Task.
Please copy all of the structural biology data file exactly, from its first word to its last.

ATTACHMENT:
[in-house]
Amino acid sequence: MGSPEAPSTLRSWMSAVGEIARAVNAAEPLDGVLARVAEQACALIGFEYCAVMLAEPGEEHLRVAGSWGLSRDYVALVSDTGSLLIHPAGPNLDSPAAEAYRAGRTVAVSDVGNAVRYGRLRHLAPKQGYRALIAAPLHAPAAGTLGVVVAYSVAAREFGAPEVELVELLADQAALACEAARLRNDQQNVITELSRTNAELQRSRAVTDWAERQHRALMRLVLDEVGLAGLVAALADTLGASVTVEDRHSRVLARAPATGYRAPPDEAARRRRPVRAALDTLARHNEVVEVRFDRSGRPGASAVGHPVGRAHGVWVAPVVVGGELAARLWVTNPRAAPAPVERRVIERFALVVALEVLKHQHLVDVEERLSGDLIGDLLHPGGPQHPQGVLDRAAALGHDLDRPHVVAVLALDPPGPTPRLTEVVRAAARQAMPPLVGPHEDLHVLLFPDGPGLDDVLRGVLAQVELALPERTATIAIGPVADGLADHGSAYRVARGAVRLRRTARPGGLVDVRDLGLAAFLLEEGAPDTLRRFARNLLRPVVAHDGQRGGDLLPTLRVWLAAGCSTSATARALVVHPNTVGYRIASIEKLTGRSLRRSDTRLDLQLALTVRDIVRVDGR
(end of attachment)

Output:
[in-house]
Amino acid sequence: MGSPEAPSTLRSWMSAVGEIARAVNAAEPLDGVLARVAEQACALIGFEYCAVMLAEPGEEHLRVAGSWGLSRDYVALVSDTGSLLIHPAGPNLDSPAAEAYRAGRTVAVSDVGNAVRYGRLRHLAPKQGYRALIAAPLHAPAAGTLGVVVAYSVAAREFGAPEVELVELLADQAALACEAARLRNDQQNVITELSRTNAELQRSRAVTDWAERQHRALMRLVLDEVGLAGLVAALADTLGASVTVEDRHSRVLARAPATGYRAPPDEAARRRRPVRAALDTLARHNEVVEVRFDRSGRPGASAVGHPVGRAHGVWVAPVVVGGELAARLWVTNPRAAPAPVERRVIERFALVVALEVLKHQHLVDVEERLSGDLIGDLLHPGGPQHPQGVLDRAAALGHDLDRPHVVAVLALDPPGPTPRLTEVVRAAARQAMPPLVGPHEDLHVLLFPDGPGLDDVLRGVLAQVELALPERTATIAIGPVADGLADHGSAYRVARGAVRLRRTARPGGLVDVRDLGLAAFLLEEGAPDTLRRFARNLLRPVVAHDGQRGGDLLPTLRVWLAAGCSTSATARALVVHPNTVGYRIASIEKLTGRSLRRSDTRLDLQLALTVRDIVRVDGR